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Biden admin cancels fines for illegal immigrants who refuse to leave the country

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President Biden’s Department of Homeland Security has done away with orders that demand fines be collected from illegal immigrants who refuse to leave the United States.

“There is no indication that these penalties promoted compliance with noncitizens’ departure obligations”

DHS Secretary Mayorkas

DHS Secretary Alejandro Mayorkas rescinded two orders that called for financial punishments, according to a Tweet issued by DHS on Twitter.

The orders, titled ICE Delegation No. 006-2020, “Delegation of Authority to Administer Certain Provisions Relating to Civil Penalties for Failure to Depart,” were put in place during the Trump Administration.

Moreover, the DHS said it was the opposite of the “agency’s best interests.”

“There is no indication that these penalties promoted compliance with noncitizens’ departure obligations,” Mayorkas said. “We can enforce our immigration laws without resorting to ineffective and unnecessary punitive measures.”

“Today, at the direction of Secretary of Homeland Security Alejandro N. Mayorkas, U.S. Immigration and Customs Enforcement (ICE) rescinded two delegation orders related to the collection of civil financial penalties for noncitizens who fail to depart the U.S., stating they run counter to the agency’s best interest,” reads the press release.

The release said the agency stopped issuing fines on Inauguration Day.

“Although ICE has had the authority to assess financial penalties to individuals for failing to depart for more than 20 years, the agency did not initiate enforcement of these penalties until 2018.  As of January 20, 2021, ICE ceased issuing these fines. This formalizes the Biden Administration’s change in direction,” the release said.

Read the full press release and article here.

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Report: Denver area migrants cost $340 million to shelter, educate

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A report by the free-market Common Sense Institute found the more than 42,000 migrants who have arrived in Denver over the last year and a half have cost the region as much as $340 million. The city of Denver, local school districts, and the region’s health-care system have spent between $216 million and $340 million combined to shelter, feed, clothe, and educate the migrants, and to provide them with emergency medical care.

National Review explains the report builds off a previous report from March that conservatively found that the migrants had cost the region at least $170 million. “Costs are never localized,” said DJ Summers, the institute’s research director. “They expand outward.”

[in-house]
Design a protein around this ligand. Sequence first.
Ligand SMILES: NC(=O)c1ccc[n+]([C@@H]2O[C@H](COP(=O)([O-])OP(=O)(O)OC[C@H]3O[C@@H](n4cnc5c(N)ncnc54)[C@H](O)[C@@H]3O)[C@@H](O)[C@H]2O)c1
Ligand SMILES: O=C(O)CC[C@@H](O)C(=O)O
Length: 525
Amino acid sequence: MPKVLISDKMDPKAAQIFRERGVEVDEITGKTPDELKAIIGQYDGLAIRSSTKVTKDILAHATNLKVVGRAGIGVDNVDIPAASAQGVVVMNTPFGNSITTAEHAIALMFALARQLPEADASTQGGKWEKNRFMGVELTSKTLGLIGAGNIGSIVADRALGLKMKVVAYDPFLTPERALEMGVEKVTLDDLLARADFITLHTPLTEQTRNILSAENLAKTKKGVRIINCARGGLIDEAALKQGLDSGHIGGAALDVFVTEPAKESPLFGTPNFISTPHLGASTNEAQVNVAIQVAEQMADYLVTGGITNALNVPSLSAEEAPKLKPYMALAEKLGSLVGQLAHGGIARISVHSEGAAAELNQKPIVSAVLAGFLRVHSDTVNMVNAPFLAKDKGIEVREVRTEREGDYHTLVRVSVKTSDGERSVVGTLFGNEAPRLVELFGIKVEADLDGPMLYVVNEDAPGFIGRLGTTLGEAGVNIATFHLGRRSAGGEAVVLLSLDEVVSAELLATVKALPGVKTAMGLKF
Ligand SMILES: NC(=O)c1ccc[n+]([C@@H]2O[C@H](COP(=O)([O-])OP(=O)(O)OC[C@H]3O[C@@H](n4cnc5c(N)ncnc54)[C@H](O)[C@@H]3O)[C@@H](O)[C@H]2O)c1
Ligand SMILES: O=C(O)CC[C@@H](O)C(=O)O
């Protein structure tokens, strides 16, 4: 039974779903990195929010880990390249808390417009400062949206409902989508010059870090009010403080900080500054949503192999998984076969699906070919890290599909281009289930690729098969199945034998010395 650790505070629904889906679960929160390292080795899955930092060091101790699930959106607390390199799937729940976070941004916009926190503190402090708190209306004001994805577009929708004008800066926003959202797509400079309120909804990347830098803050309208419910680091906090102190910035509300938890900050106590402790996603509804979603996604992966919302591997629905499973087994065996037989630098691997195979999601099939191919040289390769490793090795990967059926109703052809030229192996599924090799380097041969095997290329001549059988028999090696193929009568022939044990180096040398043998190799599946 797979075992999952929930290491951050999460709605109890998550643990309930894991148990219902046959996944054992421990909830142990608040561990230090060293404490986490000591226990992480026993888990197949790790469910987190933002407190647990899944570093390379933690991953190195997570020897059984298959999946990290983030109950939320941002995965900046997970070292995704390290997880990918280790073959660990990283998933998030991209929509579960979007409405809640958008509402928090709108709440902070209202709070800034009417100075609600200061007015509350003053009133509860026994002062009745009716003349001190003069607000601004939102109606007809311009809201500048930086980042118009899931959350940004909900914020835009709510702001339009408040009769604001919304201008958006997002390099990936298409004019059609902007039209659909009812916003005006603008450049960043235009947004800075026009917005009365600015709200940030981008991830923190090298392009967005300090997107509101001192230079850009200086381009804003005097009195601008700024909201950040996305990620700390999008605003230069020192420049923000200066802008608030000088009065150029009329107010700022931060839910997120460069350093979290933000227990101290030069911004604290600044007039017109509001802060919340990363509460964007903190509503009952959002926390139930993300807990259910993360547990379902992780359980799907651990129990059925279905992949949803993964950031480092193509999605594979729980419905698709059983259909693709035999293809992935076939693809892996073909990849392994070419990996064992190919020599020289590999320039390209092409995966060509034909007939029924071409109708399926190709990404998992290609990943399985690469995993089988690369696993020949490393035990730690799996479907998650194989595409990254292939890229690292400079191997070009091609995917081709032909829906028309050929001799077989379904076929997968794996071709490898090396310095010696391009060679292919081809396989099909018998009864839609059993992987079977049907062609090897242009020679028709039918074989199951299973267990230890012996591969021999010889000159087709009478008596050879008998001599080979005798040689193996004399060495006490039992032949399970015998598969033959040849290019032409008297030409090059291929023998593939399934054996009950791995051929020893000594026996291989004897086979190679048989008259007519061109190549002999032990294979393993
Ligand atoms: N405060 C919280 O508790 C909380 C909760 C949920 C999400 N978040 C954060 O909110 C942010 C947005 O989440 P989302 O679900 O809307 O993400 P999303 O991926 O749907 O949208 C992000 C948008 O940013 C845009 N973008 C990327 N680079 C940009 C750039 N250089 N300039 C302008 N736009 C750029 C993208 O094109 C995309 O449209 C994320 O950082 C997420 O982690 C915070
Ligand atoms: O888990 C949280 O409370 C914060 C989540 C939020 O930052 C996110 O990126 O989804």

Democratic leaders are being blamed for their welcoming posture toward immigrants generally, and their sanctuary-city policies, which curtail law enforcement’s ability to cooperate with federal immigration agents. Since late December 2022, at least 42,269 migrants — or “newcomers” as Denver leaders call them — have arrived in the city, adds National Review.

The Common Sense Institute report found that the migrant crisis has also hit local emergency rooms hard with extensive expenses. Since December 2022, migrants have made more than 16,000 visits to metro emergency departments. At an estimated cost of about $3,000 per visit, that has resulted in nearly $48 million in uncompensated care.

Summers said those costs are “stressing existing health care organizations,” but they also indirectly hit residents in their pocketbooks through increased insurance prices.

Metro school districts have endured the biggest financial hit — estimated between $98 million and $222 million — according to the Common Sense Institute report. The large range in costs is due to the difficulties researchers had identifying exactly how many new foreign students are tied to the migrant crisis.

The researchers found that since December 2022, 15,725 foreign students have enrolled in local schools. Of those, 6,929 have come from the five countries most closely identified with the migrant crisis — Venezuela, Colombia, El Salvador, Guatemala, and Honduras.

On average, it costs a little over $14,000 to educate a student for a year in a Denver-area public school, but Summers said migrant students likely cost more.

“They have transportation needs that are different, they have acculturation needs that are going to be different, language assistance needs that are going to be different,” he said. “Many of them might need to get up to speed in curriculum. They might need outside tutoring.”

Earlier this year, Colorado lawmakers approved $24 million in state funding to help school districts statewide plug budget holes related to the migrant students.

Summers said the updated Common Sense Institute tally is likely still missing some costs related to the ongoing migrant crisis.

“There are definitely additional costs. We just don’t have a great way to measure them just yet,” he said, noting legal fees, crime, and unreported business and nonprofit expenses.

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